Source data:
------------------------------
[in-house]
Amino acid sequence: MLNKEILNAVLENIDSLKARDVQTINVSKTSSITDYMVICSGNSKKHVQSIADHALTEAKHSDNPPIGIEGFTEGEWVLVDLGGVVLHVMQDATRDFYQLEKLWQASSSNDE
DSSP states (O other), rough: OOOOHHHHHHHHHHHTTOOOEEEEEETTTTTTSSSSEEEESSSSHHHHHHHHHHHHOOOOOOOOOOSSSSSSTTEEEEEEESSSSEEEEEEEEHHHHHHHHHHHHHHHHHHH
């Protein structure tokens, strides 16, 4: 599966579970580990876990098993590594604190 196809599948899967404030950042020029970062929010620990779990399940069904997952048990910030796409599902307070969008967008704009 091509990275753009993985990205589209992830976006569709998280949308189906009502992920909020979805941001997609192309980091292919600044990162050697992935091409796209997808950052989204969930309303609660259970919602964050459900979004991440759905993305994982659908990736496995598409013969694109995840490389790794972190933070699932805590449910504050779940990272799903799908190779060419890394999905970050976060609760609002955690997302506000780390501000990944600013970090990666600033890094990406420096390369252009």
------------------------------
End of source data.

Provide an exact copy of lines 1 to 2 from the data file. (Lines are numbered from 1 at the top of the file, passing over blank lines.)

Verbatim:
[in-house]
Amino acid sequence: MLNKEILNAVLENIDSLKARDVQTINVSKTSSITDYMVICSGNSKKHVQSIADHALTEAKHSDNPPIGIEGFTEGEWVLVDLGGVVLHVMQDATRDFYQLEKLWQASSSNDE